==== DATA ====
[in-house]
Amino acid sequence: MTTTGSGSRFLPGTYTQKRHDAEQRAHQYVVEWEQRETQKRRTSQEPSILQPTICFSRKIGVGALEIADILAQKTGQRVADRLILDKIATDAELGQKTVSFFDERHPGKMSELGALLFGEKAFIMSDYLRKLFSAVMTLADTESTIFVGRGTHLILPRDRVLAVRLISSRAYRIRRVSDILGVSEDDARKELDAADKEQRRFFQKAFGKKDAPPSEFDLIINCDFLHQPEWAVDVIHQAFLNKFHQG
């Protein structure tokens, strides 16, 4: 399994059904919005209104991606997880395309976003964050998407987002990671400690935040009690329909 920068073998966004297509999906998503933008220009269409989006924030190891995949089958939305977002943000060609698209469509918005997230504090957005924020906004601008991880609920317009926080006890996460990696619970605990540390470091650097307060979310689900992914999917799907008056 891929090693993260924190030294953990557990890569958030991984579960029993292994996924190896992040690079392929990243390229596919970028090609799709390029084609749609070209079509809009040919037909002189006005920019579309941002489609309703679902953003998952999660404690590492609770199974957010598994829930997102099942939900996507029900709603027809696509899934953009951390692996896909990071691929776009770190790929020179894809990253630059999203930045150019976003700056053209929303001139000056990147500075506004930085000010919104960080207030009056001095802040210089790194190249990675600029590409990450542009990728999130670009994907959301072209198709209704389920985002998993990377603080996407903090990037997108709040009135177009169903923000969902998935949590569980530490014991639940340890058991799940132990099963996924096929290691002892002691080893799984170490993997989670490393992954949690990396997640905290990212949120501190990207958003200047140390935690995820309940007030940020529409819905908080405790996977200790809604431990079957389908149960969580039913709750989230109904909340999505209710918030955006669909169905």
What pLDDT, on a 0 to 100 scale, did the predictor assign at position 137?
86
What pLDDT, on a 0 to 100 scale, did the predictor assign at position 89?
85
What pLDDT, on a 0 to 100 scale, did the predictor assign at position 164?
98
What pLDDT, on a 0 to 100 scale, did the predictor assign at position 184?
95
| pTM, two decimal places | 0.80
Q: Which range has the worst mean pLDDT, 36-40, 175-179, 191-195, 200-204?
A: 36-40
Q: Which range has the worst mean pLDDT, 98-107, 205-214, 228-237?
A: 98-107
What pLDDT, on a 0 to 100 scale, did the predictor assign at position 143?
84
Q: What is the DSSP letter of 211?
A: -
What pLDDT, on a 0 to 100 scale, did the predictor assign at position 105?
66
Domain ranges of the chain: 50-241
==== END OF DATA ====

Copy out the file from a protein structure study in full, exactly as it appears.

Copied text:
[in-house]
Amino acid sequence: MTTTGSGSRFLPGTYTQKRHDAEQRAHQYVVEWEQRETQKRRTSQEPSILQPTICFSRKIGVGALEIADILAQKTGQRVADRLILDKIATDAELGQKTVSFFDERHPGKMSELGALLFGEKAFIMSDYLRKLFSAVMTLADTESTIFVGRGTHLILPRDRVLAVRLISSRAYRIRRVSDILGVSEDDARKELDAADKEQRRFFQKAFGKKDAPPSEFDLIINCDFLHQPEWAVDVIHQAFLNKFHQG
């Protein structure tokens, strides 16, 4: 399994059904919005209104991606997880395309976003964050998407987002990671400690935040009690329909 920068073998966004297509999906998503933008220009269409989006924030190891995949089958939305977002943000060609698209469509918005997230504090957005924020906004601008991880609920317009926080006890996460990696619970605990540390470091650097307060979310689900992914999917799907008056 891929090693993260924190030294953990557990890569958030991984579960029993292994996924190896992040690079392929990243390229596919970028090609799709390029084609749609070209079509809009040919037909002189006005920019579309941002489609309703679902953003998952999660404690590492609770199974957010598994829930997102099942939900996507029900709603027809696509899934953009951390692996896909990071691929776009770190790929020179894809990253630059999203930045150019976003700056053209929303001139000056990147500075506004930085000010919104960080207030009056001095802040210089790194190249990675600029590409990450542009990728999130670009994907959301072209198709209704389920985002998993990377603080996407903090990037997108709040009135177009169903923000969902998935949590569980530490014991639940340890058991799940132990099963996924096929290691002892002691080893799984170490993997989670490393992954949690990396997640905290990212949120501190990207958003200047140390935690995820309940007030940020529409819905908080405790996977200790809604431990079957389908149960969580039913709750989230109904909340999505209710918030955006669909169905």
What pLDDT, on a 0 to 100 scale, did the predictor assign at position 137?
86
What pLDDT, on a 0 to 100 scale, did the predictor assign at position 89?
85
What pLDDT, on a 0 to 100 scale, did the predictor assign at position 164?
98
What pLDDT, on a 0 to 100 scale, did the predictor assign at position 184?
95
| pTM, two decimal places | 0.80
Q: Which range has the worst mean pLDDT, 36-40, 175-179, 191-195, 200-204?
A: 36-40
Q: Which range has the worst mean pLDDT, 98-107, 205-214, 228-237?
A: 98-107
What pLDDT, on a 0 to 100 scale, did the predictor assign at position 143?
84
Q: What is the DSSP letter of 211?
A: -
What pLDDT, on a 0 to 100 scale, did the predictor assign at position 105?
66
Domain ranges of the chain: 50-241